Head into Denpasar for coffee on Bali

When we finally got to Denpasar (via that snail-paced ferry from Java, and the tortuous bus route along the island’s windy roads) we found ourselves in the middle of Bali’s capital in a resort hotel frequented mainly by Indonesians, and well away from the touristy parts like Kuta or Seminyak.

There are countless coffee shops – probably run by Aussies and New Zealanders – over by the beaches, but we were treated to some quality local coffee culture within a short walk of our hotel in the centre of Denpasar.

Playboy's coffee house in Denpasar

First up, we found the rather dubiously named Playboy’s Coffee House, its image of the bunny rabbit’s head making us wonder what sort of joint we were entering.

The Nuova Simonella coffee machine reassured us, though, as did the house blend advertised, which married some local Aceh and Flores beans with a Yirgacheffe from Ethiopia. So some thought had gone into the coffee, and it showed with the resulting cappuccino, a delightful start to our day in Denpasar.

Coffee in Denpasar at Playboy's

It was quite a late start, mind you. At 10.15am, we were the café’s first customers (they open at 10am) so don’t dash along here for a crack-of-dawn cuppa. But if you are on the beach and fancy a coffee in Denpasar itself, Playboy’s could be the place for you.

You couldn’t find a friendlier pair than Steve and Eky, who run the show, either. The decor and fittings all look pristine and sparklingly clean, as if the place only opened a few days before, and there’s a nice touch, with Eky’s badminton championship medal from 1997 standing on the counter by the wall, showing there’s more to life than coffee…or at least there was all those years ago.

Outside seating at Playboy's Coffee House in Denpasar

There’s good air-conditioning here, or a terrace out the front if you prefer to bathe in the warm air, and a room at the side which is covered by a roof but otherwise open to the front. So, lots of options, and I’m guessing they are more of a nocturnal venue than early morning…

Playboy's for good coffee in Denpasar

Which brings me back to that name: I asked the owners why they had chosen the name Playboy’s. ‘For fun’, they said, and to create a concept for the menu, which does indeed include lots of interesting innuendoes, though we didn’t try the Nutty Naughty, the One Night Stand or the First Fruit.

We stuck to their basic coffee and cake, and were very happy with that for our morning cuppa in Denpasar.

As we walked back towards our hotel, happy to have found good coffee on Bali, we passed by another coffee shop, which drew us in with its announcement that they roast their own coffee.

Golden Honey coffee roastery in Denpasar

Golden Honey is an ‘artisan coffee roastery’ but also specialises in pizza! Again, we were the only customers in there at 11am, and with pizza not really on our minds, we decided to stick to the coffee, but wondered again if this was more of an evening venue, where people come for dinner and then finish their day with a quality coffee.

Golden Honey coffee shop in Denpasar

As you’d expect from a place that roasts their own, the coffee was good, all Indonesian this time, which we also like to see, though I personally preferred the brew they gave us round the corner at Playboy’s (the thing is, it’s always hard when a venue is the second coffee shop to be visited in a short time frame – the joy of having the first caffeine of the day means the 2nd cup has to be extraordinarily special to gain the same effect on the senses…).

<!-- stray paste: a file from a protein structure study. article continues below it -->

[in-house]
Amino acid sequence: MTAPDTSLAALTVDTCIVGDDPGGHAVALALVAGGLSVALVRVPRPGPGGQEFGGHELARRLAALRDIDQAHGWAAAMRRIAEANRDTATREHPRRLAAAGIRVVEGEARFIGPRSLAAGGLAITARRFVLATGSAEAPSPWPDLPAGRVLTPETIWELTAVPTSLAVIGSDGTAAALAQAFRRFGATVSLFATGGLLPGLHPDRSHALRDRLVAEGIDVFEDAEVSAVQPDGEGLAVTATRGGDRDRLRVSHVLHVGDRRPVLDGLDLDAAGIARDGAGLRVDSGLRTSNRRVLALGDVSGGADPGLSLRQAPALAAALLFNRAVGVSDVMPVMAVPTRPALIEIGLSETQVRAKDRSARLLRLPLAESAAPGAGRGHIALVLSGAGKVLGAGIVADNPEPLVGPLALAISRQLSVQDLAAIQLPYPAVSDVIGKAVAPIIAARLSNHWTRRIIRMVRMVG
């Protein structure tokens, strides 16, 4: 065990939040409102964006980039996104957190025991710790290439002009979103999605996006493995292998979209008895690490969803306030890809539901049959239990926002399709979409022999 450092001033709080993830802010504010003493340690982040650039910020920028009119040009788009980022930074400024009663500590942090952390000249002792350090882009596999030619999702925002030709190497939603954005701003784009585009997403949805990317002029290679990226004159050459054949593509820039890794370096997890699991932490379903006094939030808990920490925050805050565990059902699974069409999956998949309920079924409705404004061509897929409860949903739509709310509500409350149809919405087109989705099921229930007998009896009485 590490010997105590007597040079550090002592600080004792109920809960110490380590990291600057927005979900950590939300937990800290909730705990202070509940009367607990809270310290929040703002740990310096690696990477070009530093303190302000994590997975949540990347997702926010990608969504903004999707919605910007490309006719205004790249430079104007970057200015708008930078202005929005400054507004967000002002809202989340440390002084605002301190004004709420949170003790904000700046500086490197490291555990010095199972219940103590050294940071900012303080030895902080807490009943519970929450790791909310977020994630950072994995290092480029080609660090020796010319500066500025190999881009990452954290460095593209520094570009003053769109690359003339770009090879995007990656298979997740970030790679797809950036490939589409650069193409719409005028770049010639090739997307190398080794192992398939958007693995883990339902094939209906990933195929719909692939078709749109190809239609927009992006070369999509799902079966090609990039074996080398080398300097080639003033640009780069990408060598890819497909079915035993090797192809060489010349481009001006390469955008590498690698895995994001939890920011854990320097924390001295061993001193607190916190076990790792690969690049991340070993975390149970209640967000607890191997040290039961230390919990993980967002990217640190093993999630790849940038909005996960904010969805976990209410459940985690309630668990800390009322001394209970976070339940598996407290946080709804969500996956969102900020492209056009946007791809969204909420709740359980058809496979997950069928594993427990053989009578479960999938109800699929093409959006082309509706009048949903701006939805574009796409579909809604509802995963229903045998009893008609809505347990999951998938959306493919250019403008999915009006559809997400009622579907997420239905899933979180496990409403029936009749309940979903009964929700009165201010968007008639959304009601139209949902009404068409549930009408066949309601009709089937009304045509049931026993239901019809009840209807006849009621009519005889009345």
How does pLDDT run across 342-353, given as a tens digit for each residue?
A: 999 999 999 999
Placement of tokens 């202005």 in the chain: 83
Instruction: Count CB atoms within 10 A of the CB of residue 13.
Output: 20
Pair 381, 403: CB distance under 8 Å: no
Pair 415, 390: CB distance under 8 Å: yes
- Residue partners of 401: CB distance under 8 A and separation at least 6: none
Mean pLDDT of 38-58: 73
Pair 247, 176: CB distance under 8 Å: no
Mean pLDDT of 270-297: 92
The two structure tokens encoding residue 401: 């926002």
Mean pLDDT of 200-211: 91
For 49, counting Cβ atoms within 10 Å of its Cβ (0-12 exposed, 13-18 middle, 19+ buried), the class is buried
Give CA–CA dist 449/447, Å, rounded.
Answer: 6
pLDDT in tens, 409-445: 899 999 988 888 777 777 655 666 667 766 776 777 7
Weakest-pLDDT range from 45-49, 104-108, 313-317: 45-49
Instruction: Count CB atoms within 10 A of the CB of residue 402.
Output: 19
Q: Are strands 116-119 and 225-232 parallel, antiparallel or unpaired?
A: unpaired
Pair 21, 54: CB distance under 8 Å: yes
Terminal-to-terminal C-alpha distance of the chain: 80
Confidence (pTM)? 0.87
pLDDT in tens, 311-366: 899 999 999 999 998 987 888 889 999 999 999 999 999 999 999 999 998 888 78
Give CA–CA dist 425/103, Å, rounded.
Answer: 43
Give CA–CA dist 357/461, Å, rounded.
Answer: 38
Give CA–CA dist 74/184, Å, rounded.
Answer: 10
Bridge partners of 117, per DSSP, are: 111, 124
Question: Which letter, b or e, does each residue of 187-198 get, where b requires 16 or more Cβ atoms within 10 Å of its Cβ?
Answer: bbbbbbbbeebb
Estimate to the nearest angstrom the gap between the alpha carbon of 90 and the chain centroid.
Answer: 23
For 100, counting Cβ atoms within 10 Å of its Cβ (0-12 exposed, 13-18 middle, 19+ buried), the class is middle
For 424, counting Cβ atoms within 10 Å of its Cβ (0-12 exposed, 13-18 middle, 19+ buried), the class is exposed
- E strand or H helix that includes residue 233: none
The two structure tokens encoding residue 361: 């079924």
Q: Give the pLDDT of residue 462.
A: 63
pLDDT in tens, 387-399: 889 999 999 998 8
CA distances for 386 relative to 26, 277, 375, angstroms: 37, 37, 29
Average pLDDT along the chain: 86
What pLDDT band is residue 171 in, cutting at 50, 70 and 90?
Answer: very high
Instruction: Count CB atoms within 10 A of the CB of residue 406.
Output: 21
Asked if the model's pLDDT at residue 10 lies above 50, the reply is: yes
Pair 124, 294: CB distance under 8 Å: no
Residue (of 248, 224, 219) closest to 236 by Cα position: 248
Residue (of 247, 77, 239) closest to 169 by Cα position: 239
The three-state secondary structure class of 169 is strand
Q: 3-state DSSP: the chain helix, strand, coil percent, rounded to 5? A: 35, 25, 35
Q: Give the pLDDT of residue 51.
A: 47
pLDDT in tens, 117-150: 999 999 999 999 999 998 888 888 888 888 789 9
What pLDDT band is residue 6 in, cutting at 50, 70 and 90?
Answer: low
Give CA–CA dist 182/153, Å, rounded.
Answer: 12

Coffee from Bali at Golden Honey coffee roastery in Denpasar

I loved the concept, though: locally roasted, using Indonesian beans – our coffee made even from a Bali crop – and selling bags of the best on the counter. Once again, I couldn’t resist, and we came away with yet another bag of beans, this time from Bali of course.

So, that was our last coffee on the road on an odyssey that began with Loustic in Paris and ended with Golden Honey in Denpasar. Our next coffee would be at Adelaide Airport, when we arrived the next day into Australia.

Poster in Golden Honey coffee shop in Denpasar

But there was still tea to come in Bali. More on that tomorrow…

Coffee culture and designer tea in Kuala Lumpur

We travelled right across Kuala Lumpur in search of good coffee and tea. Most of it we managed on the rather good local transport system, using a combination of buses, monorail and the light railway, though we did opt for taxis to get home from both our favourite coffee shop and tea room.

We found The Brew Culture by chance, mind you. We caught the 83 bus from KL Sentral up to the Plaza Damas part of town and felt quite smug to have found our way so far from the centre of town. But we’d gone there in search of a coffee shop that has actually closed down (the owner, a former Malaysian barista champ, has transferred to Johor Bahru, where he opened a new venue shortly after we got that far south – check out Atlas Coffee Embassy if you’re interested in tracking him down).

The Brew Culture for coffee in Kuala Lumpur

Plaza Damas is a massive shopping mall on both sides of the main road and there are countless cafes, but Brew Culture stared down at us as we got off the bus so we decided to give it a go. And very glad we were that we did…

Best coffee shop in Kuala Lumpur?

What we liked about the guys who run this place is their enthusiasm and passion for what they do (it seems they gained their love of coffee when living in America and/or Australia, and wanted to bring something similar home).